This month, Inclusion on Purpose turned one! I had no way of knowing how it would be received or where it would go, and I was overwhelmed by the amount of comments, messages, and emails I received from readers around the country. One question I get asked often: How does it feel. It’s complicated—It’s heartbreaking to hear stories from so many women of color who face bias in the workplace, but it’s encouraging to know that Inclusion on Purpose has resonated with so many people who want to make changes. I also get asked a lot of questions on what this change should look like and what more we can do. So today’s newsletter is devoted to some of the questions that I’ve gotten most often from people who reached out after reading my book. And if, in reading these, you’re inspired to ask a question, please don’t hesitate to send me your own! I grew up in an environment that shared advice about working hard and making good grades being the only factors that count toward achieving your goals. How do you think that advice (which is a myth) needs to change? A: Advice about meritocracy and hard work alone being the indicator of progress and success is harmful to everyone. For people who grew up with privilege and access, they may wrongly believe that others with less privilege and access (typically people from historically underestimated backgrounds) aren’t able to progress due to a lack of their efforts, when in reality, some face systemic barriers while others benefit from privileges that help us progress. For people who are from historically underestimated identities, they may reach a ceiling no matter how hard they work or how much education and experience they amass, which can cause cognitive dissonance, mental health issues, questioning of self-worth, and other harmful consequences. That’s why my focus is on educating and building awareness of systemic barriers that can hamper growth. When people are armed with the reality of bias existing, they can navigate these issues by naming them, building coalitions and communities, and most of all, preserving their own sanity and sense of self. I never say “don’t work hard.” My focus is: “hard work alone won’t get you there. Understand how to navigate systemic barriers that are very much in existence today until we all own up to them to dismantle them.” In your book, you mention limiting your use of the term unconscious bias. Can you please talk about your point of view? A: Just because an action wasn’t intentional, it doesn’t mean there wasn’t an impact on the person harmed. “Unconscious bias” is too often used to justify repeated harmful behaviors or prejudices because they were (apparently) not perpetuated consciously. Consider this example: I once worked with a team that practiced what felt like an egalitarian decision-making process. We would meet, discuss challenges, and collectively come up with strategies to move forward. But over time, I noticed something odd: a few days after our team meetings, I would return to work to find the decisions that we made were moot, and the manager was moving in a different direction. At first, I had no idea what initiated these changes, but eventually, I solved the puzzle: Turns out, my male manager and certain members of our department were having additional, informal get-togethers after work at a local bar. There, they would talk shop and new decisions were made about who to hire, promote, and assign to important projects. Though I was never invited, I learned that it wasn’t gender-based. White women at all levels in our department were invited, but I never scored an invitation. Later, I figured it had something to do with being the only woman of color in my department. I don’t believe they excluded me because they disliked me, per se, but I do know it was because I was different from the “in-group.” While I don’t believe they were being discriminatory on purpose, I hesitate to put my missing invitations down to “unconscious bias.” When we chalk biased behavior and actions down to being “unconscious,” those in positions to change these behaviors often feel less responsible for identifying and correcting it. That’s why I now call these behaviors exclusionary or biased, rather than “unconscious.” How can we build cohesive teams while also eliminating affinity bias and cultural fit? A: I have a chapter in my book dedicated to inclusion and psychological safety, but essentially, we have to create teams where people have each other's backs, regardless of their position, status or identity. (Please see Dr. Amy Edmondson’s fantastic book The Fearless Organization for more on psychological safety.) I like to see leaders model vulnerability and honesty about barriers to inclusion and take personal responsibility for creating a more inclusive work environment. Better feedback mechanisms are also key to this (which I write about in my book!) as well as naming that you’re specifically hiring for culture add, not culture fit. Any more questions? Send them my way! These are just a few of the questions that I often get, and I love being in conversation with people who are just as excited as I am about cultivating inclusion on purpose. Click here to subscribe to the Inclusion is Leadership letter.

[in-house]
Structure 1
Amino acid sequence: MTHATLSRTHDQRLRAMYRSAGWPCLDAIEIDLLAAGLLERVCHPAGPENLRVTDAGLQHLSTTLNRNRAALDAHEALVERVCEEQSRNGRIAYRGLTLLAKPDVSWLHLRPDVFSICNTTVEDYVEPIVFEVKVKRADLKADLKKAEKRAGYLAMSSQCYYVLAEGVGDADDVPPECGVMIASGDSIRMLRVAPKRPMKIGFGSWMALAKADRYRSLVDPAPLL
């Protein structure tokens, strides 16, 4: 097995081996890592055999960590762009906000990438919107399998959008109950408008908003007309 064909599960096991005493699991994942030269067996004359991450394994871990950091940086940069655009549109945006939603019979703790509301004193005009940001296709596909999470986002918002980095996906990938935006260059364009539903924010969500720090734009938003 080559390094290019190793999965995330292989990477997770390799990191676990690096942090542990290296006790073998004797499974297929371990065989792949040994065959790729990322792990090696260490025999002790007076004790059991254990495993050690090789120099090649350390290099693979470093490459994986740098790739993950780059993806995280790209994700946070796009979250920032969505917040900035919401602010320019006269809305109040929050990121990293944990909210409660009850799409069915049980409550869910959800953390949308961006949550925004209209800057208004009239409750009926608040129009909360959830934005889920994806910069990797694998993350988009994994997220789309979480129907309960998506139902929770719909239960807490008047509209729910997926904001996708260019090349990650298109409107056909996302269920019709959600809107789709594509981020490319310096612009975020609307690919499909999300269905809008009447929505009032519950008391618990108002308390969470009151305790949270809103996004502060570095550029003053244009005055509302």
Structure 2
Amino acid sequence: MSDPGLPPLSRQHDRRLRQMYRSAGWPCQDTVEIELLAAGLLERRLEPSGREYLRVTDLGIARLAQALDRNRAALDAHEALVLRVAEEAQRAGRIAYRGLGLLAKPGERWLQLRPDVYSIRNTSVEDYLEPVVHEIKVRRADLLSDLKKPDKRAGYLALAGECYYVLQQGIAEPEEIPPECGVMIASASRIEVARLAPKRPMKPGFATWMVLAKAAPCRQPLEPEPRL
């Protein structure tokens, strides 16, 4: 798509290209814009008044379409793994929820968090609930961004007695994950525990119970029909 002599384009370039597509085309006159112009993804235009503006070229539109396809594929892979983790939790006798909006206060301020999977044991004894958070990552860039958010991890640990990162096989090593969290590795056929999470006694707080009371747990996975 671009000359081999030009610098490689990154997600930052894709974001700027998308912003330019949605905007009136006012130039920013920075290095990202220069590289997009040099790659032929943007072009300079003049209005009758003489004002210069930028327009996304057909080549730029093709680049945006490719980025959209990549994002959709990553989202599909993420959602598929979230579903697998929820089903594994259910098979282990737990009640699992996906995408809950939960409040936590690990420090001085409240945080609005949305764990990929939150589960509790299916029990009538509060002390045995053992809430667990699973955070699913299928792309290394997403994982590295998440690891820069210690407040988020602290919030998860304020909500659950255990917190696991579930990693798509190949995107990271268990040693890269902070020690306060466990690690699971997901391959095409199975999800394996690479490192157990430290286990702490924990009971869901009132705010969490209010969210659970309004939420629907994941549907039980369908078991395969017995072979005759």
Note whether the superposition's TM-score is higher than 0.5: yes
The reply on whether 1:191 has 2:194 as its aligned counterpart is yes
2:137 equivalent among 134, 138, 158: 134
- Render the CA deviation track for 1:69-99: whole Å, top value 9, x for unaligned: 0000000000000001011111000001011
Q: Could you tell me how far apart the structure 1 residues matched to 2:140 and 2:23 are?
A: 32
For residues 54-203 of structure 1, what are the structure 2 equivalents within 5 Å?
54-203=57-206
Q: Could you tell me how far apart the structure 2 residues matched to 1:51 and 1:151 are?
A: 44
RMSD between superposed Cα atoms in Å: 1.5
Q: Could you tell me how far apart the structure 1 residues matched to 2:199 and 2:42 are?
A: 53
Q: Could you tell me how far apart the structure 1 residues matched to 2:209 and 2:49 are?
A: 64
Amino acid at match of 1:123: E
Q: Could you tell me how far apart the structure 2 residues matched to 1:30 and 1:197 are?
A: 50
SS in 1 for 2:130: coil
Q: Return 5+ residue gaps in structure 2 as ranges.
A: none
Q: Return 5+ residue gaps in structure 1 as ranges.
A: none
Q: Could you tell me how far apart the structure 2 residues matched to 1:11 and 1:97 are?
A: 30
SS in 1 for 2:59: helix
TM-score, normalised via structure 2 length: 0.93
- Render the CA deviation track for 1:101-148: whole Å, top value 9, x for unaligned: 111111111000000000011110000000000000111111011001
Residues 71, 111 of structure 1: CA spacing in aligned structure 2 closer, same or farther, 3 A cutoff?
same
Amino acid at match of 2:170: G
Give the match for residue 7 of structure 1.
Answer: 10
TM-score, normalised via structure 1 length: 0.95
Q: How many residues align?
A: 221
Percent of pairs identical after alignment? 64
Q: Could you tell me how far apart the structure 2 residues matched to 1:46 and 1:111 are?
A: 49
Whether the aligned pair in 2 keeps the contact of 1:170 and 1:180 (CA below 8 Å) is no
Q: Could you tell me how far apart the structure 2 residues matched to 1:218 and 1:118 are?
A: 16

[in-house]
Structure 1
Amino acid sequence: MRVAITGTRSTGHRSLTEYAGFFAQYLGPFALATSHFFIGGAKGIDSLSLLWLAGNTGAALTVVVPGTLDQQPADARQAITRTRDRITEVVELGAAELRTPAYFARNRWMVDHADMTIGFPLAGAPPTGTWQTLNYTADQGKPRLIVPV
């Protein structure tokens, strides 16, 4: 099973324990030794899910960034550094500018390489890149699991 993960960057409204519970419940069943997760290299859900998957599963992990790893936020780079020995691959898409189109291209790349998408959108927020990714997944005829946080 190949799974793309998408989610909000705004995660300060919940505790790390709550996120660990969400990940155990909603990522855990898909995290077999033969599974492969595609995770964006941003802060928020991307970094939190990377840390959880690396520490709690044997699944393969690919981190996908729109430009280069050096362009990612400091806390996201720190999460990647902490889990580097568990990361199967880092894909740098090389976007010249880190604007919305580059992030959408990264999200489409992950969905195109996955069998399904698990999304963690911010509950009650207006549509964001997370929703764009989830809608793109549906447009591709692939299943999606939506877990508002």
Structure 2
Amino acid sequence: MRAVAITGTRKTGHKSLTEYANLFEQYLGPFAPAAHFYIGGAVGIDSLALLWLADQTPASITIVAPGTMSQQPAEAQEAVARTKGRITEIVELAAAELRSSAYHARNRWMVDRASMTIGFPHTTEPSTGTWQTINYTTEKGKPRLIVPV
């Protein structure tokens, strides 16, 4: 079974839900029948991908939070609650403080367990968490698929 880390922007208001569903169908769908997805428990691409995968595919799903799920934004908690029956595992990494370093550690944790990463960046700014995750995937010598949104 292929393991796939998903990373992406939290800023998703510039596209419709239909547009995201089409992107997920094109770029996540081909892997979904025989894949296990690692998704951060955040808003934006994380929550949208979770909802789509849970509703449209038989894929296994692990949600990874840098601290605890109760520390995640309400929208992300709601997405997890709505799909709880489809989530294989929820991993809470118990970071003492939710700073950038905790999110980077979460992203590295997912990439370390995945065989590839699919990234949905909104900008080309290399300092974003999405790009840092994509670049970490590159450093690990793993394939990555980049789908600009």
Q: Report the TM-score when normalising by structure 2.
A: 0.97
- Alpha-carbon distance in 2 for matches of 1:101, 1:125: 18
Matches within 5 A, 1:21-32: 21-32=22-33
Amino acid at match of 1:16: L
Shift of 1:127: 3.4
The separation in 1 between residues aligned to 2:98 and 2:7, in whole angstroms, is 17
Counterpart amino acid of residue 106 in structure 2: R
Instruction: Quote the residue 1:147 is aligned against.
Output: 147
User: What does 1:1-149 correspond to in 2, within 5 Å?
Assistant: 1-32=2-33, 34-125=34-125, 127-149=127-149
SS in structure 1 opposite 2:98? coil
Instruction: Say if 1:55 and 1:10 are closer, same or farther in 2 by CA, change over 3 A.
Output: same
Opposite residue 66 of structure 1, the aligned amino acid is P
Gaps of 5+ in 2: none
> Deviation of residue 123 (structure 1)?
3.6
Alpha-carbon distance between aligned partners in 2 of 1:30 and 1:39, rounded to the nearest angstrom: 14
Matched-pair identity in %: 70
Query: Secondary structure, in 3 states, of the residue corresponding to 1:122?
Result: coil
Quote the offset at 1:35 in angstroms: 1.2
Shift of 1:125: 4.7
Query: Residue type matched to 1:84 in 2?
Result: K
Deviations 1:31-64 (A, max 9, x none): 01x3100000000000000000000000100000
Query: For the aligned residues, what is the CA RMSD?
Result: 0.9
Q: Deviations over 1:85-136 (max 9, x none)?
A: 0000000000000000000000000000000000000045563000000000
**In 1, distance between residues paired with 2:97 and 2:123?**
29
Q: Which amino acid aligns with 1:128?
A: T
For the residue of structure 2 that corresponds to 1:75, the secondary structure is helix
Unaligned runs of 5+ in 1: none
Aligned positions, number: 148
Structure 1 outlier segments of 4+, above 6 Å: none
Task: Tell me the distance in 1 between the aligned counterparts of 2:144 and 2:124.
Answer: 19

• Why Good People Aren't Always Inclusive Leaders